What is it like to be a home buyer in one of Canada’s major housing markets? According to the latest numbers released by the national real estate body, current conditions for the country as a whole are stable, yet primed for growth – June sales remained roughly unchanged from last year, edging up 0.3%, according to the Canadian Real Estate Association.
Overall, the Canadian real estate market is considered to be balanced, though it’s creeping closer to sellers’ territory. According to new calculations of non-seasonally adjusted June sales and new listings data by Zoocasa, the national sales-to-new-listings ratio (SNLR) hit 59% last month, up from 56% the year before. This ratio, which is used to measure the level of competition in a housing market, is calculated by dividing the number of sales by the number of new listings over the course of the month. A resulting percentage between 40 – 60% indicates a balanced market, while above and below that threshold reveals sellers’ and buyers’ markets, respectively.
Buying Conditions Differ Dramatically Across Canada
From a national perspective, the June SNLR translates to just enough supply to meet demand, providing a firm foundation for market prices, yet still preventing the kind of competitive factors that lead to overheating values.
However, the conditions experienced by home buyers and sellers at the local level can be very different as supply and demand imbalances in the western and eastern provinces mean some housing markets remain in the doldrums, while others are downright frothy.
According to the data, none of the 25 markets analyzed can be considered to be a classic buyers’ market – defined by having a sales-to-new-listings ratio of 39% and below – while 15 can be classified as sellers’ markets. A total of 10 remain balanced.
Higher-Priced Markets Experiencing Slower Conditions
While the SNLR can shed light on how competitive each market is for buyers, it doesn’t necessarily indicate affordability. For example, an individual looking to purchase a home in a city that’s classified as a buyers’ market will likely enjoy
An example of this dynamic can be seen in the Greater Vancouver market, which, with an SNLR of 43%, can be considered on the softer end of balanced. This reflects a drastic -15% drop in sales and -10.6% decline in additions to the Vancouver MLS, as a combination of provincial policies, the national mortgage stress test, and price fatigue effectively cooled the market. However, while the average home price in the region has softened by -8.2% to $980,635, that remains out of affordable range for many prospective buyers, despite its status as a balanced market.
Conditions are considerably friendlier for sellers in the Greater Toronto real estate market; with an SNLR of 56%, it can still be considered to be balanced, but a 9.6% increase in sales coupled with a -0.7% decline in new listings has pushed it closer to sellers’ territory, with prices inching up by 3.1% to an average of $832,703.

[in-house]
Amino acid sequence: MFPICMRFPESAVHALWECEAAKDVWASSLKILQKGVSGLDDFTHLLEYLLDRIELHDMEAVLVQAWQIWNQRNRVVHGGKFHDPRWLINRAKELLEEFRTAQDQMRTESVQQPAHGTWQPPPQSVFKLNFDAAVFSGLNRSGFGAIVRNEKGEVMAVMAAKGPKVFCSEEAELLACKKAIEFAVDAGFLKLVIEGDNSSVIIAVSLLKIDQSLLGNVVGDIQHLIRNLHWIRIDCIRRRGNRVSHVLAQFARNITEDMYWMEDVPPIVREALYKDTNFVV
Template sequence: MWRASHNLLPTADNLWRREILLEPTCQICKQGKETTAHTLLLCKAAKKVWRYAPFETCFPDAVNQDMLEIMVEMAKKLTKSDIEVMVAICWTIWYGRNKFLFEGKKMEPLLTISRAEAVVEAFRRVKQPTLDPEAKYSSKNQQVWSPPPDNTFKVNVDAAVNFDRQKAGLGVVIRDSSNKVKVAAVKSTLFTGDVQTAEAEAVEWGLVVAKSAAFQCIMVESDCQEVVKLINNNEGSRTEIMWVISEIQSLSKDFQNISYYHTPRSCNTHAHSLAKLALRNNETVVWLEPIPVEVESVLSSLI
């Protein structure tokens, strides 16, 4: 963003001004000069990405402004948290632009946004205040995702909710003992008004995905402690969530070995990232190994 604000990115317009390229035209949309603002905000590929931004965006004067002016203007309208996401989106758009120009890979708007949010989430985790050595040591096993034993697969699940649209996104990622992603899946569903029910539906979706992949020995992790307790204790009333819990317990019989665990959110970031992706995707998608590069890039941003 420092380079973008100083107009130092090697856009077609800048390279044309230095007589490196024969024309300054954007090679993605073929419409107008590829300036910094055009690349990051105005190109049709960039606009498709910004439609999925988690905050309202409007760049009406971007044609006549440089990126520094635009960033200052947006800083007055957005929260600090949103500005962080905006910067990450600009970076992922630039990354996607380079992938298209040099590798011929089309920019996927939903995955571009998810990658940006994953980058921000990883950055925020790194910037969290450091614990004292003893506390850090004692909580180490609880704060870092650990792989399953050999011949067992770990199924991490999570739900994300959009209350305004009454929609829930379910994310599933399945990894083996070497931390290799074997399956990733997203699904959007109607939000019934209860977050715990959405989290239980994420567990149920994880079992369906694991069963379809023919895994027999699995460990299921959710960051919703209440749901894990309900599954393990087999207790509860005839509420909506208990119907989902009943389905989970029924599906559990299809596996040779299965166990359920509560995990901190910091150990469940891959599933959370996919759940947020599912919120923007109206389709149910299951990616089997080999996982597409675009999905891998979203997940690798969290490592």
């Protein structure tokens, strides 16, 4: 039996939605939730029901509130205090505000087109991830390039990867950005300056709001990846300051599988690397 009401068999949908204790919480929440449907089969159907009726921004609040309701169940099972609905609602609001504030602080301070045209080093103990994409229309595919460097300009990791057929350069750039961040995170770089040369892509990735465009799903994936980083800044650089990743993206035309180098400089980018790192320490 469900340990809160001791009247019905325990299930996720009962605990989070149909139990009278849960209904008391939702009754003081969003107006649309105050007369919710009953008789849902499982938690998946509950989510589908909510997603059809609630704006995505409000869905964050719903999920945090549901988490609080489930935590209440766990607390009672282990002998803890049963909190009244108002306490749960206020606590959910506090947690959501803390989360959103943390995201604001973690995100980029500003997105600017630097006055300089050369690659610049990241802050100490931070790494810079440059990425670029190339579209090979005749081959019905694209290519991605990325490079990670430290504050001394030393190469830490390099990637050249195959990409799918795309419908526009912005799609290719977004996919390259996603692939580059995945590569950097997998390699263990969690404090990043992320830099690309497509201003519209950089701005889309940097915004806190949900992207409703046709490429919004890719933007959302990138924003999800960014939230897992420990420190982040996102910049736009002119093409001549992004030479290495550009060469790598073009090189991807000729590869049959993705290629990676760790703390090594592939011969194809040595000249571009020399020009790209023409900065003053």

Hottest Sellers’ Markets in $500K-Range
In fact, the hottest sellers’ markets in June are in comparatively more affordable markets, with an average home price below $500,000.
Topping the list is Montreal with a searing SNLR of 94%, indicating the vast majority of supply brought to market is changing hands. Home sales in the city are up by 7% compared to the same month in 2018 while new listings dipped by -1.4%, which has heated competition between buyers. As a result, the average home price has surged by 6.3% year over year to $413,902 – still considerably lower than in Canada’s other large urban markets.
That brisk demand extended west of the city into the Ottawa corridor as the Gatineau CMA and Ottawa both boasted SNLRs of 81%, reflecting sales upticks of 7% and 1.5%, while new listings fell by -13.4% and -6.2% in each. The average home price in each city came to $281,221 and $456,811 in June, respectively.
Check out the infographic below to see which housing markets were most and least competitive in June, and how they compared to the same time period in 2018.
The sales-to-new-listings ratio (SNLR) is calculated as sales divided by new listings: the June 2019 SNLR is June 2019 sales divided by June 2019 new listings, and the June 2018 SNLR is June 2018 sales divided by June 2018 new listings. Average prices, sales, new listings and home prices for June 2019 and June 2018 were sourced from the Canadian Real Estate Association.
Zoocasa.com is a real estate website that provides advanced online search tools and data to empower consumers to buy or sell their homes faster, easier and more successfully. Home buyers can browse real estate listings on the website or the free iOS app.